2 
    Figure 2: Enhanced IR satellite picture of Tropical Depression Fanapi at 13:32H on 15 September 2010.
    (Extracted from MTSAT satellite image of Japan Meteorological Agency)

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    Figure 3: Enhanced IR satellite picture of Severe Typhoon Fanapi at 13:32H. on 18 September 2010.
    (Extracted from MTSAT satellite image of Japan Meteorological Agency)

     
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    3.    Use of radar observation data

    When a tropical cyclone enters the surveillance range of Doppler radar of the Hong Kong Observatory, forecasters can assess the intensity of the storm by making reference to the maximum wind speed derived from movement of rain echoes. From Figure 4, winds reaching hurricane force (wind speed of 33 m/s or above) can be detected by the radar near the eye of tropical cyclone Molave at 21H. on 18 July 2009. However, based on such wind data, one cannot determine whether Molave had reached typhoon strength immediately. The main reason is that wind speed measured by the Doppler radar is that at a distance above the ground, and such data should be appropriately transformed to reflect the true surface wind speed. Studies indicated that there is a proportionate relationship between the maximum wind speed detected by the Doppler radar and the intensity of the tropical cyclone. Such result is useful in applying the radar observation data to analyze the intensity of tropical cyclones.


    4
    Figure 4: Radar imagery showing the Doppler velocity of tropical cyclone Molave at 21H. on 18 July 2009.

     
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    4.    Aircraft monitoring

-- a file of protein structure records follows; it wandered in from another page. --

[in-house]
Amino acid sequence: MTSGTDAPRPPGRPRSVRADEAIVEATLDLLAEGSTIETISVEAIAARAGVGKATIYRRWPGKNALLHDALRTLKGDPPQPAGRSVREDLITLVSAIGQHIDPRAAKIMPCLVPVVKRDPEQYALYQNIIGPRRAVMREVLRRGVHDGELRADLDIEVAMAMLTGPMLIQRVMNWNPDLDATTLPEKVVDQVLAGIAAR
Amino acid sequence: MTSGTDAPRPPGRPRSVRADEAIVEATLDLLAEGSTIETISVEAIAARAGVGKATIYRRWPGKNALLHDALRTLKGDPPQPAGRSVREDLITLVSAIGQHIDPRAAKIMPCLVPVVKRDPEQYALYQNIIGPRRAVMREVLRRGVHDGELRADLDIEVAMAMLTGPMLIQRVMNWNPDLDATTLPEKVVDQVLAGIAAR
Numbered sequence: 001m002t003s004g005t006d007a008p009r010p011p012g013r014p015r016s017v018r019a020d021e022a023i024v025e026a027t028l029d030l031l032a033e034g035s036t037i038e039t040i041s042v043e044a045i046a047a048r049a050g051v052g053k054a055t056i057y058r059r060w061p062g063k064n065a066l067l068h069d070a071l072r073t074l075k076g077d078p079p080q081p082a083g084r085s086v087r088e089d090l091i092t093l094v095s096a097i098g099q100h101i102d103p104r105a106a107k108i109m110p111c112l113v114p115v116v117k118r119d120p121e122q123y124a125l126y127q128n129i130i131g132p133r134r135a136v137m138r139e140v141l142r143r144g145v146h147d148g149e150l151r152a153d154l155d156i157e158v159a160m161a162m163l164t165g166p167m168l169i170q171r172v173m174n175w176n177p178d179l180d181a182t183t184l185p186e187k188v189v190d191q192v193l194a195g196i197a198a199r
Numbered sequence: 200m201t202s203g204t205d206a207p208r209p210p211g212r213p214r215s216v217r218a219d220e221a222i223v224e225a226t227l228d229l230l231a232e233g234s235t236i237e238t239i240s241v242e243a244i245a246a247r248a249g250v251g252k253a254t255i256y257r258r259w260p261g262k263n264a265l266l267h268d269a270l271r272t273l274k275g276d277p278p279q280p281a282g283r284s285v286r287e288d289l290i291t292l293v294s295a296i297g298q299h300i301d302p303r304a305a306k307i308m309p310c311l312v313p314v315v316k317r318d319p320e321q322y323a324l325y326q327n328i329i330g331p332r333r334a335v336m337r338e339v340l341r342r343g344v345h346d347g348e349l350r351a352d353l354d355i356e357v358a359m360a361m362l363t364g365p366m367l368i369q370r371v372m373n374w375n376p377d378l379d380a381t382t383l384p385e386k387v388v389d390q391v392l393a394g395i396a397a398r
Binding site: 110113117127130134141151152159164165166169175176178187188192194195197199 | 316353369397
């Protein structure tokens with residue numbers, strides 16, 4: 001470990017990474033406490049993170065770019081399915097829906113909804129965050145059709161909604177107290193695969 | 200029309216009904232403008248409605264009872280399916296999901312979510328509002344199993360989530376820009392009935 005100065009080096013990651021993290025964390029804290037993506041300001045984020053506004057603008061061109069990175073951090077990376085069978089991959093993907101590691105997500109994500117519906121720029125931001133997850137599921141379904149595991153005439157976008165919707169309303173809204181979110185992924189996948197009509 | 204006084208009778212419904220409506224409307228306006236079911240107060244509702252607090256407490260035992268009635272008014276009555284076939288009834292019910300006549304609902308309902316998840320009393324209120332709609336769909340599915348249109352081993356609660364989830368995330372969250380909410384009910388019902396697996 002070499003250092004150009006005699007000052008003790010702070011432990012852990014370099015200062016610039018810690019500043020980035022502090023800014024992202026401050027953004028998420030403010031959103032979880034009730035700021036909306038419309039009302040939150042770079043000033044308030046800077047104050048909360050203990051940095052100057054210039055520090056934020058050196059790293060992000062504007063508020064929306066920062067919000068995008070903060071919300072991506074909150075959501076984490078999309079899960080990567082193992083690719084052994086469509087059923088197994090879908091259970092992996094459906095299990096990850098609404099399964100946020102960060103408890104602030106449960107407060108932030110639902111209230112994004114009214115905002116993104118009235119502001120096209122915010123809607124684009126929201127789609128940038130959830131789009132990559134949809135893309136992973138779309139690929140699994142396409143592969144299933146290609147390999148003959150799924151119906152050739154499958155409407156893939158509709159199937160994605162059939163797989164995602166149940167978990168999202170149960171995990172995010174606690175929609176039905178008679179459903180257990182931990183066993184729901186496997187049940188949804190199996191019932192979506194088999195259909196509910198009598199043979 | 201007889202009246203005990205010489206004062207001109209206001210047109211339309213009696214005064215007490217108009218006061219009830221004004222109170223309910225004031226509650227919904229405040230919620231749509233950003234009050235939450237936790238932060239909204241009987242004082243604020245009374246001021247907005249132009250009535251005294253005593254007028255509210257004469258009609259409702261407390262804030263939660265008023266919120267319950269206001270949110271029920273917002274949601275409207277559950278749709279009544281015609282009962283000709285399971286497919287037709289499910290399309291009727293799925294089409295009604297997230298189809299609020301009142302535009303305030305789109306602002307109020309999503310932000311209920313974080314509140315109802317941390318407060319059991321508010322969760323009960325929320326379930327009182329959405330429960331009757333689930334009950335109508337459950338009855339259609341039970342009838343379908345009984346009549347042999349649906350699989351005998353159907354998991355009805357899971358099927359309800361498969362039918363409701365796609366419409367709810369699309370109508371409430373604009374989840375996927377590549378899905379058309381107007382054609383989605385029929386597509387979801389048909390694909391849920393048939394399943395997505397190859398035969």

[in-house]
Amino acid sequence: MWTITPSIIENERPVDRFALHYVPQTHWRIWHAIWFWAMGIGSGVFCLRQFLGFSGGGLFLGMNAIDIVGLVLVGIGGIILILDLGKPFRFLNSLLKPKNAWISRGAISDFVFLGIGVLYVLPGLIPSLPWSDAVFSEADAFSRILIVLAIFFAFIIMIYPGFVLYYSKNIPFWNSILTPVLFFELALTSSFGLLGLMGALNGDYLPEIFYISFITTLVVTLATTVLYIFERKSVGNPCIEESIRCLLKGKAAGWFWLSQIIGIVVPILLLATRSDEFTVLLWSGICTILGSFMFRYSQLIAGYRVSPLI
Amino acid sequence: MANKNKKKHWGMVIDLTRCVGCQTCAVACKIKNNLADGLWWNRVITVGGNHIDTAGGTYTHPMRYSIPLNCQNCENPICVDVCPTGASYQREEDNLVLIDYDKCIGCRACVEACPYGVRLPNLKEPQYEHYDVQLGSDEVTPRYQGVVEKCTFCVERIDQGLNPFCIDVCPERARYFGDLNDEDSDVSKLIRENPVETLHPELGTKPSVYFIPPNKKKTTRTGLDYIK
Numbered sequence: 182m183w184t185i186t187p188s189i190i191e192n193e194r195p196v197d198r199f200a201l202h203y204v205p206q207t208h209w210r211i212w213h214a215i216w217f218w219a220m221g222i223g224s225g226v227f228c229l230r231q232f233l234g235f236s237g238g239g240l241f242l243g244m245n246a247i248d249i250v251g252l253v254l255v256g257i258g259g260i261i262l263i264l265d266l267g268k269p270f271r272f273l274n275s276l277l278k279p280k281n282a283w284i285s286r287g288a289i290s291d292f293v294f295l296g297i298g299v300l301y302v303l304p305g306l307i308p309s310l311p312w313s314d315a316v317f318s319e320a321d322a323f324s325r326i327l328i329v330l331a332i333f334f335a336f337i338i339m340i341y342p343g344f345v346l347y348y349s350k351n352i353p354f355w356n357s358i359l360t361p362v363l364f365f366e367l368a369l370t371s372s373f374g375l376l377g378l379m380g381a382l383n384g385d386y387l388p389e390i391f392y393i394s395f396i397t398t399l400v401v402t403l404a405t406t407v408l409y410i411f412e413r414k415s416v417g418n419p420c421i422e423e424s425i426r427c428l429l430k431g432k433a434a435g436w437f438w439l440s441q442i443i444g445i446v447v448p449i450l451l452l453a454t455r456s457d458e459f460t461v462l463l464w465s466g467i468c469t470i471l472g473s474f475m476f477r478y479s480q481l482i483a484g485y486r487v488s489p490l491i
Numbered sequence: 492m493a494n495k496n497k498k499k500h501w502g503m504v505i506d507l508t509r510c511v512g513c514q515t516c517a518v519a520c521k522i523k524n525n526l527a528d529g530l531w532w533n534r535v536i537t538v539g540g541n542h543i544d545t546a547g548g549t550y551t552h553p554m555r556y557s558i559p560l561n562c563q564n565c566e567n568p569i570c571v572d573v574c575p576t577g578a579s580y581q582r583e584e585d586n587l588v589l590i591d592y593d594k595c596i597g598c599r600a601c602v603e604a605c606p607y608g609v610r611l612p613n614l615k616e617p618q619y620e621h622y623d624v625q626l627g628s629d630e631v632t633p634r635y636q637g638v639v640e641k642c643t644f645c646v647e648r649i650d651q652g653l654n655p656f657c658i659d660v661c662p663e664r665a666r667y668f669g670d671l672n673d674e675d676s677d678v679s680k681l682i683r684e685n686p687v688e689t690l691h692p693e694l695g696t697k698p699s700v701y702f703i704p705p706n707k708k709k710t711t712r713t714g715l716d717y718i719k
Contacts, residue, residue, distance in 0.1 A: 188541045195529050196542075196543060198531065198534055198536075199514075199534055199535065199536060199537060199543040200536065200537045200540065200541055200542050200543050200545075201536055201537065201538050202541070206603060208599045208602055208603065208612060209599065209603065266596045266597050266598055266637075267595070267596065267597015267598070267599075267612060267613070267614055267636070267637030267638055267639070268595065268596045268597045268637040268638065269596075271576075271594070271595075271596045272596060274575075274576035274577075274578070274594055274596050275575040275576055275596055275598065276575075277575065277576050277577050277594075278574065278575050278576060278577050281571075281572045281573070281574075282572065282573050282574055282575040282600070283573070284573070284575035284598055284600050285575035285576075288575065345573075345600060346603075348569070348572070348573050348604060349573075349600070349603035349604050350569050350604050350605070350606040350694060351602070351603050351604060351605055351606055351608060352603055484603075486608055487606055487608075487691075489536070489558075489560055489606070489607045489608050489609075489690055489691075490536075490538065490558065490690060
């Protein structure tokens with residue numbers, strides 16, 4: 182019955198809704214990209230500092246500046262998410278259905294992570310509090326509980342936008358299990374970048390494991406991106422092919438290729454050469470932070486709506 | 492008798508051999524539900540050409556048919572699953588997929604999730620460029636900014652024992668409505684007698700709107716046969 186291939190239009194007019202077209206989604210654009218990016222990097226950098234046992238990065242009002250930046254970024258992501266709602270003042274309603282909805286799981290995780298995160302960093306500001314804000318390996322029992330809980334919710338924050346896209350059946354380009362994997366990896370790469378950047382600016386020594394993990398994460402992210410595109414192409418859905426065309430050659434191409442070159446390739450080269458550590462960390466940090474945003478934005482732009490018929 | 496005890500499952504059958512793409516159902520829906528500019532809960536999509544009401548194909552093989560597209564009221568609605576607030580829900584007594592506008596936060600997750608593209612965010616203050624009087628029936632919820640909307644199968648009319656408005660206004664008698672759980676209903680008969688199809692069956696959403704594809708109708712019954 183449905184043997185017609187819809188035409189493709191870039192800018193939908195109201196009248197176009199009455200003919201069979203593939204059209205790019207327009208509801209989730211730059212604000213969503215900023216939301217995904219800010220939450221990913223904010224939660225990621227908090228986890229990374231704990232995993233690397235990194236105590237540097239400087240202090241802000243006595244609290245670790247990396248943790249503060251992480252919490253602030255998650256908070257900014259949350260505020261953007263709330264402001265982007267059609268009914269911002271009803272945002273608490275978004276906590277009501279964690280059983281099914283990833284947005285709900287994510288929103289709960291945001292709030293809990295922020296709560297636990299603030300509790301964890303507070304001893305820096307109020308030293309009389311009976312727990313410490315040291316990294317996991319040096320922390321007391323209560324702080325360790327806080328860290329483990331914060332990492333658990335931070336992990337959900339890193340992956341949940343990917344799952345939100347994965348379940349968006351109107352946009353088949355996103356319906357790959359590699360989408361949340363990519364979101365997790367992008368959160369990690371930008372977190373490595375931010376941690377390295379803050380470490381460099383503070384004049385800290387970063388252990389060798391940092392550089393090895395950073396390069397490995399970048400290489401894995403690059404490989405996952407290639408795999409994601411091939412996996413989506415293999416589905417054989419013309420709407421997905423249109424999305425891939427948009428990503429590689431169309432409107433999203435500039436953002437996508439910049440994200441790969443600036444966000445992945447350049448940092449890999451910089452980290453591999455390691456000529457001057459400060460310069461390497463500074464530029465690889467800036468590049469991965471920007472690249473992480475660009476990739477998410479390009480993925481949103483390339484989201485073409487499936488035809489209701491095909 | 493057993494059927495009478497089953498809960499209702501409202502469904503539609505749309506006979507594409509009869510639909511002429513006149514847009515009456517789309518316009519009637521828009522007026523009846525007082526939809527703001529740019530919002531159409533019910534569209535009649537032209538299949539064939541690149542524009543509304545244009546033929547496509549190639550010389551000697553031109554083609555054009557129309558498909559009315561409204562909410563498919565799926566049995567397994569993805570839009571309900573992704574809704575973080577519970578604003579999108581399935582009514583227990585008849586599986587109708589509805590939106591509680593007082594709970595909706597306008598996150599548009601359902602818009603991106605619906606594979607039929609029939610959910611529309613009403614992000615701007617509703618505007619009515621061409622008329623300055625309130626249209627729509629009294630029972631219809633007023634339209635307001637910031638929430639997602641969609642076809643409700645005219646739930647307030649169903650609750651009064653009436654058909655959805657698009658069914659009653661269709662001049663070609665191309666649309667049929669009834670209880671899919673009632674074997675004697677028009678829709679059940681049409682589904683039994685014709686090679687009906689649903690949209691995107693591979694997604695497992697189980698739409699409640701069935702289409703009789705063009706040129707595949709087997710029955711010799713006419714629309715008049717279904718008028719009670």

The United States arranged aircraft regularly to monitor the structure of tropical cyclones in the northwestern Pacific on or before 1987. After the project has ceased for more than 10 years, another project known as "Dropsonde Observation for Typhoon Surveillance near the TAiwan Region" (DOTSTAR) has been launched by Taiwan since 2003. Its aim is to observe the structure of selected tropical cyclones in the northwestern Pacific using aircrafts. Although the application of such data in determining the intensity of cyclones is still under study, the additional information is, to some extent, useful reference for the forecasters.
     
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    5.    Conclusion

    The methods mentioned above all have their respective pros and cons in assessing the intensity of tropical cyclones. Forecasters need to analyze the reliability of various kinds of data carefully and then make a timely and professional judgment.


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    References:

    1. 陳浩新、林鄺泗蓮︰利用多普勒天氣雷達數據評估熱帶氣旋強度的探討,香港天文台,2009。
    2. "Introduction to Dropsonde Observation for Typhoon Surveillance near the TAiwan Region" (DOTSTAR) 


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Last revision date: <21 Dec 2012>